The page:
High Albumin-to-Creatinine Ratio Associated With Increased Risk for Microalbuminuria and Future CVD in Adolescents

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A higher albumin-to-creatinine ratio within a normal range was associated with higher eGFR over time.
A higher albumin-to-creatinine ratio within a normal range was associated with higher eGFR over time.

Independent of hyperglycemia level, albumin-to-creatinine ratios at the higher end of the normal range for adolescents age 10 to 16 years are associated with increased risk for microalbuminuria progression and future cardiovascular disease (CVD), according to a recent study published in Diabetes Care.

In the Adolescent Type 1 Diabetes Cardio-Renal Intervention Trial, researchers stratified adolescents with type 1 diabetes into tertiles of urinary albumin-to-creatinine ratios (ACR). Baseline data revealed that participants in the normal range were already at an elevated risk for diabetic nephropathy and CVD and sought to determine whether those at the high end continued to be a higher risk over the course of the 2- to 4-year study.

Adolescents (n=150) with a mean age of 14.1 years in the high-ACR group were evaluated in addition to 396 adolescents with a mean age of 14.3 years in the mid- and low-ACR groups who participated in a parallel observational study. Each participant was measured for ACR and renal and CVD markers, as well as for carotid intima-media thickness.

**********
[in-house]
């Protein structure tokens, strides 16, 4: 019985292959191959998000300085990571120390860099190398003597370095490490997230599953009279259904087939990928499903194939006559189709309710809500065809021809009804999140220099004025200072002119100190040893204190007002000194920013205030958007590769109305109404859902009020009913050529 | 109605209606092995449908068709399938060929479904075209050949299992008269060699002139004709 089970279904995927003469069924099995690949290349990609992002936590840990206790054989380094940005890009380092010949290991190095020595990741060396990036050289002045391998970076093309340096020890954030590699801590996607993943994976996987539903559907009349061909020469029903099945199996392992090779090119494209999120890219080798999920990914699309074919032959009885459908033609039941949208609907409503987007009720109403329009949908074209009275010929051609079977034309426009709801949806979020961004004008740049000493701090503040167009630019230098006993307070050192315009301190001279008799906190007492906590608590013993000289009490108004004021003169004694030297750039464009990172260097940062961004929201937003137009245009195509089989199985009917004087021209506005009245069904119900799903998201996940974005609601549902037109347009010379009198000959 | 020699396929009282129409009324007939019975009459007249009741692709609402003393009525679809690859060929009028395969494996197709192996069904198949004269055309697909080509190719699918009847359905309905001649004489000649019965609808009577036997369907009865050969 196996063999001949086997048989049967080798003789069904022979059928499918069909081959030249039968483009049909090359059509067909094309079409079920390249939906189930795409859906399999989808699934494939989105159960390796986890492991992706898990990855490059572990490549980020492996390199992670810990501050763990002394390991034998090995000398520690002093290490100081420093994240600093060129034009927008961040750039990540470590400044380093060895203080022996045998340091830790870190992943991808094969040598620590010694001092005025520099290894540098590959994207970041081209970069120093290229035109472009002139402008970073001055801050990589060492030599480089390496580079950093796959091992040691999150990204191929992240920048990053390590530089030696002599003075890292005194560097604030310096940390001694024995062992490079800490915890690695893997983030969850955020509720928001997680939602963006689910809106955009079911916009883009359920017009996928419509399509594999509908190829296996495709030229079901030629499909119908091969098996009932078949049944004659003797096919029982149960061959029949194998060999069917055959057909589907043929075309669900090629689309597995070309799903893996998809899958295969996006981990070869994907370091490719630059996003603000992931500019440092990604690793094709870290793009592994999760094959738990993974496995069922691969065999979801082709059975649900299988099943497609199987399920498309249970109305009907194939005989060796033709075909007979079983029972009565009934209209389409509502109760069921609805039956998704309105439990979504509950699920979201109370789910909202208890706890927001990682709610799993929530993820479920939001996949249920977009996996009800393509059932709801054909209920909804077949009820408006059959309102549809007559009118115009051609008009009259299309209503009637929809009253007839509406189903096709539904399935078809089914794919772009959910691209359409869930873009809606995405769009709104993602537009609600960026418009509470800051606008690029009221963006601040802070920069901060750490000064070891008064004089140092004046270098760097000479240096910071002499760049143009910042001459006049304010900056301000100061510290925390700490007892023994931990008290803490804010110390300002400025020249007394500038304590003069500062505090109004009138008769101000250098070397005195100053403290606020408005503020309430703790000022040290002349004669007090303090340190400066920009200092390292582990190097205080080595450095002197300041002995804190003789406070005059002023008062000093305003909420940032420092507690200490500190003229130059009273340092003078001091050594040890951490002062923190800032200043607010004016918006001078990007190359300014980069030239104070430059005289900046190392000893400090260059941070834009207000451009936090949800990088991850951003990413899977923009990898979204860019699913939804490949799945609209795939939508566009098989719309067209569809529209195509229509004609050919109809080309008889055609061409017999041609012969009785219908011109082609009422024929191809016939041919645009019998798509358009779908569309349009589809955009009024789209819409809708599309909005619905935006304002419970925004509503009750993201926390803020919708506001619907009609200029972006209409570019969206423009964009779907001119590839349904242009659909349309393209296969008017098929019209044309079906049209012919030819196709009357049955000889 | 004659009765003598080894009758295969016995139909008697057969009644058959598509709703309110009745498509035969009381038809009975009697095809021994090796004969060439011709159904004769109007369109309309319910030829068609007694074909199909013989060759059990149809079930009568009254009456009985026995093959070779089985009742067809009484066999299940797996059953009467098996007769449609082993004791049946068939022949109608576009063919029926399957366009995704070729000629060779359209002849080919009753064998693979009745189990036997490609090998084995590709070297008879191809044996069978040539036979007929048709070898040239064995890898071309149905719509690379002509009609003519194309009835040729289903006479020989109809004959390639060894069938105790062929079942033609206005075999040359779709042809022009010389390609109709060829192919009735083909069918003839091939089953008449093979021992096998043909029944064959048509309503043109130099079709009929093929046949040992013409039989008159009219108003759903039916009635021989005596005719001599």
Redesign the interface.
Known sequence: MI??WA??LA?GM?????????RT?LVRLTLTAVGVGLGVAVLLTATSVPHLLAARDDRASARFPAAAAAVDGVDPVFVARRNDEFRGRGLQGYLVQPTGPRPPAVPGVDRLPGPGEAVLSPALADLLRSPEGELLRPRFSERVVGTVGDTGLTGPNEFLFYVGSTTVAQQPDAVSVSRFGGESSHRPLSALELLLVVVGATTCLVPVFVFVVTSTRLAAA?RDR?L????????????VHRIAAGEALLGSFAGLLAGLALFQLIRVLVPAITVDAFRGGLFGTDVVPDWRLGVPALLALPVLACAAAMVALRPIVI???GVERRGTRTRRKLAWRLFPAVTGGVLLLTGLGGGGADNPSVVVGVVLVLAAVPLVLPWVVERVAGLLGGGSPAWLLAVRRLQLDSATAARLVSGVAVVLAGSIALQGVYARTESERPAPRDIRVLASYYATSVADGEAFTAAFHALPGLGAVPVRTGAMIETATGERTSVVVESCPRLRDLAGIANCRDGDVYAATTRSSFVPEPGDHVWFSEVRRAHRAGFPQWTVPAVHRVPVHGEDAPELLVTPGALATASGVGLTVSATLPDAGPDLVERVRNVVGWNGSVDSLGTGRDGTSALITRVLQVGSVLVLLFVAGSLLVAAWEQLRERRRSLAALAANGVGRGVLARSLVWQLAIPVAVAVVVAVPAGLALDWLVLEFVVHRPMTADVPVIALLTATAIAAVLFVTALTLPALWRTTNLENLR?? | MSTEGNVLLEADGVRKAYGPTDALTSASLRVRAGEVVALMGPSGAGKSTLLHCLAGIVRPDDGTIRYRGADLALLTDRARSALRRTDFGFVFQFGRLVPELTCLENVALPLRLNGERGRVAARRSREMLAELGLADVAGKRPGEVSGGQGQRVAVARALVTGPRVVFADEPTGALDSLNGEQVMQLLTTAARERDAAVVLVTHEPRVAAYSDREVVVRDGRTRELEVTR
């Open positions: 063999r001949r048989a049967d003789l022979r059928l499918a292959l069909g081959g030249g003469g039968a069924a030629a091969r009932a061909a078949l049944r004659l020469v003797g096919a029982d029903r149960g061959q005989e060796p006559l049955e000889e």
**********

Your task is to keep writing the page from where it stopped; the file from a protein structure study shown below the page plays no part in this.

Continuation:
By the end of the follow-up period (median of 3.9 years), microalbuminuria had developed in 31 participants; the cumulative incidence rate of microalbuminuria for the high-ACR group was 16.3%, which was significantly higher than that of the low-ACR group (5.5%; P <.001). Researchers determined that hemoglobin A1c level and baseline ACR contributed independently to microalbuminuria risk.

At baseline, carotid intima-media thickness values were comparable between the high- and low-ACR groups (0.444 mm vs 0.441 mm, respectively; P =.38). At study's end, the average carotid intima-media thickness was significantly higher in the high-ACR group (.448 mm vs .434 mm; P =.009). Likewise, the high-ACR group demonstrated significantly greater changes in estimated glomerular filtration rate, systolic blood pressure, and high-sensitivity C-reactive protein level (P <.05).

Researchers noted certain limitations to their study, including an inability to generalize to the broader population because the clinical trial and parallel observational study's samples were carefully selected.

Despite its limitations, researchers said their study, “provides evidence that variations in albumin excretion in individuals with type 1 diabetes as young as 10 to 16 years old may partially predict future diabetic nephropathy and CVD risk, but the extent to which this adds to prediction based on hemoglobin A1c level and other risk factors still needs to be determined.”

Reference

Marcovecchio ML, Chiesa ST, Armitage J, et al. Renal and cardiovascular risk according to tertiles of urinary albumin-to-creatinine ratio: The adolescent type 1 diabetes cardio-renal intervention trial (AdDIT) [published online July 19, 2018]. Diabetes Care. doi: 10.2337/dc18-1125

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